With satisfaction in accomplishments made on behalf of Florida’s public interest, Lisa Edgar announced today that she will not seek a fourth term on the Public Service Commission (PSC). The veteran Commissioner, whose first term began January 1, 2005, intends to serve until her term ends on January 1, 2017.
“When reflecting on your career, nothing is more rewarding than feeling a sense of achievement” said Commissioner Edgar. “For the past twelve years, I’ve been honored and humbled to work on complex regulatory issues, finding ways to accomplish what’s best for the public good. I look forward to applying my regulatory and governmental experience as I pursue new endeavors and other career opportunities.”
Appointed by three different governors (Governors Bush, Crist, and Scott) for three PSC terms, Commissioner Edgar quickly rose to national prominence among her peers as an expert in regulatory policy, becoming the first Florida Commissioner to ever serve as president of the National Association of Regulatory Utility Commissioners (NARUC). In this role, Commissioner Edgar served as the primary voice of the Association, leading NARUC in testimony before Congress and the Federal Energy Regulatory Commission on the state of the electric grid, its current capabilities, and planned future technological advances.
As NARUC president in 2014-2015, she leveraged the expertise of more than 200 Commissioners to examine key issues, challenges, and opportunities—for consumers, service providers and public officials—through the convergence of traditional utility services in the energy, water, and advanced communications sectors. Under her leadership, NARUC became the preeminent association of regulatory bodies across the world. Leading missions to China, Canada, and Turkey, among other countries, Edgar helped shape emerging utility regulatory policy at critical junctures in their development.
Edgar served as the PSC’s Chairman from January 2006 through 2007. She led the PSC in adopting critical measures to strengthen the state’s electric grid to better withstand severe weather events. Florida’s storm hardening rules have since become a national model for cost-effective power restoration after storms, quickly returning businesses and communities to normal.
While chairman, Edgar also spearheaded one of the first net-metering policies in the country, helping diversify Florida’s energy mix and expand renewable energy sources. Since the rule’s inception, customer-owned renewable systems in Florida have quadrupled and customer-owned generation has grown by 75 percent.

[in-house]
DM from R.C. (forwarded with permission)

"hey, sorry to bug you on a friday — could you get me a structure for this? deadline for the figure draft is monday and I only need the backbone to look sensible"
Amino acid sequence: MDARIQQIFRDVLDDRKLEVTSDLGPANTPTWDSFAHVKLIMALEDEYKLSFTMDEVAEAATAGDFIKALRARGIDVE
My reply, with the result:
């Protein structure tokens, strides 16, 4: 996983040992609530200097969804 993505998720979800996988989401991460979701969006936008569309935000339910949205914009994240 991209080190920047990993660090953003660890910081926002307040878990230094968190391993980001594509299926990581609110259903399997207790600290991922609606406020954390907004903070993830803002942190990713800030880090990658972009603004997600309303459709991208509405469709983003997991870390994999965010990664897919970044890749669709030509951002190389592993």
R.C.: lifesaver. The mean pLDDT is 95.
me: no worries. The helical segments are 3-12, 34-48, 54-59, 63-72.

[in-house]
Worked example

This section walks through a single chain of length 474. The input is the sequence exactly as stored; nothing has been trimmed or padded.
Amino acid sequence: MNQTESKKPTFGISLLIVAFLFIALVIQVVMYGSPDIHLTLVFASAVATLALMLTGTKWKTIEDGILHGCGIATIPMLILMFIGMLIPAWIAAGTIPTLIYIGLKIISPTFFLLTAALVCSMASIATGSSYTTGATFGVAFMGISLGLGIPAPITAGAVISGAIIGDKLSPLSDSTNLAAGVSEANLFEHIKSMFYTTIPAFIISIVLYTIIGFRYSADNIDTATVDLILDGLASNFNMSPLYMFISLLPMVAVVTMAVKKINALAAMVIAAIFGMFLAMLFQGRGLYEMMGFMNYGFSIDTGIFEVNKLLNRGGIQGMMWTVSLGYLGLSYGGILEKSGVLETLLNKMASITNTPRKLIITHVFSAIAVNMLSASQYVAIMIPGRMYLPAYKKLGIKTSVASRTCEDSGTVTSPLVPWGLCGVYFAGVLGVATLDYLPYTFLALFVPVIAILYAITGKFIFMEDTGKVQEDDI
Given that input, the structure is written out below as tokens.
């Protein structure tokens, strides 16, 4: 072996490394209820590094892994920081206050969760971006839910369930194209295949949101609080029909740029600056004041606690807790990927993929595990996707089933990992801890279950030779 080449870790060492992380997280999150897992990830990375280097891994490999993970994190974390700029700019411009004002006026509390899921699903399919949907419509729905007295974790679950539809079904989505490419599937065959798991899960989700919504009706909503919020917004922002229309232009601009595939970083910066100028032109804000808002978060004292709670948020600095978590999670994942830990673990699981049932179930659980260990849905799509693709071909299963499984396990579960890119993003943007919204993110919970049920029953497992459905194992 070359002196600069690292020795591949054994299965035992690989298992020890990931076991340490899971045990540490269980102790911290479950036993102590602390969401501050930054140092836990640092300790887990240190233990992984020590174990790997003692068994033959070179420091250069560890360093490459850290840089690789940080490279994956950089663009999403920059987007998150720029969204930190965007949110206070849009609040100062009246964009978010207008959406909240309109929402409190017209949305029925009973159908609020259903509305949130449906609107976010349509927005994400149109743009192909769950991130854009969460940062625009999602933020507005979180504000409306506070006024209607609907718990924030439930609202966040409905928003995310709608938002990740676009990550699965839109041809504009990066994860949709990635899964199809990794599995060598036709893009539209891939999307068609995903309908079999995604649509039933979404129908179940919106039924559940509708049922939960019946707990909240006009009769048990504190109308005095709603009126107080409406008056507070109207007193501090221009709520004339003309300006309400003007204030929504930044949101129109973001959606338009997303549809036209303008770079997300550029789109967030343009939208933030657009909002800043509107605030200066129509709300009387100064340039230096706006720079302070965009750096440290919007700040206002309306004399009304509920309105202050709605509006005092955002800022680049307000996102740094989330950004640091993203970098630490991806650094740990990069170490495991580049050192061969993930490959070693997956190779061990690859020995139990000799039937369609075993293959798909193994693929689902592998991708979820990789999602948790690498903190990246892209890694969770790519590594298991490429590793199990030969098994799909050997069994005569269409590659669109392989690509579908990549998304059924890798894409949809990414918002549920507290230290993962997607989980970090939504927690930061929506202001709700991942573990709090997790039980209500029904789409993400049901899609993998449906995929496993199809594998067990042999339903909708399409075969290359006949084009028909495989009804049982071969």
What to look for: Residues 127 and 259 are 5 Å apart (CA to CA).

Under Edgar’s leadership, the PSC initiated automatic enrollment for the federal Link-Up Florida and Lifeline Assistance telephone discount programs, working with the Department of Children and Families, on behalf of low-income Floridians. Florida’s streamlined enrollment process became a model endorsed by the Federal Communications Commission and used by other states. As a result, the process has helped millions of low-income Floridians—as well as qualified individuals across the nation—better afford telephone service.
From January 2006 to January 2008, she was a member of the Florida Energy Commission and the Governor's Action Team on Energy and Climate Change. Recognized for her work and expertise in energy reliability, Edgar was tapped to present Florida’s Critical Energy Infrastructure in Coastal Regions to the U.S. Senate Committee on Natural Resources in 2008.
Commissioner Edgar now serves on the NARUC Committees on Electricity, Consumer Affairs, and the Task Force on Environmental Regulation and Generation, Executive Committee, and Board of Directors. She also serves on the Electric Power Research Institute (EPRI) Advisory Council and Executive Committee, advising on research in electric generation, delivery, and use for the public’s benefit. She has also served on the Federal Communications Commission Universal Service Joint Board, working for efficient, accountable, and fiscally responsible use of universal service funds, and the U.S. Department of Transportation Technical Pipeline Safety Standards Committee.
During her career in public service, Edgar served as Deputy Secretary of Planning and Management for the Florida Department of Environmental Protection (DEP) from August 1999 through January 2005. She also served as chief environmental policy analyst in the Governor’s Office of Policy and Budget, as a senior cabinet aide in the Department of Agriculture and Consumer Services, and as staff counsel and legislative analyst for the Florida Senate Committees on Reapportionment and Regulated Industries.
Edgar received a juris doctorate from the College of Law at Florida State University, where she also received a bachelor’s degree in political science. She is a member of the Florida Bar.
For additional information, visit www.floridapsc.com.
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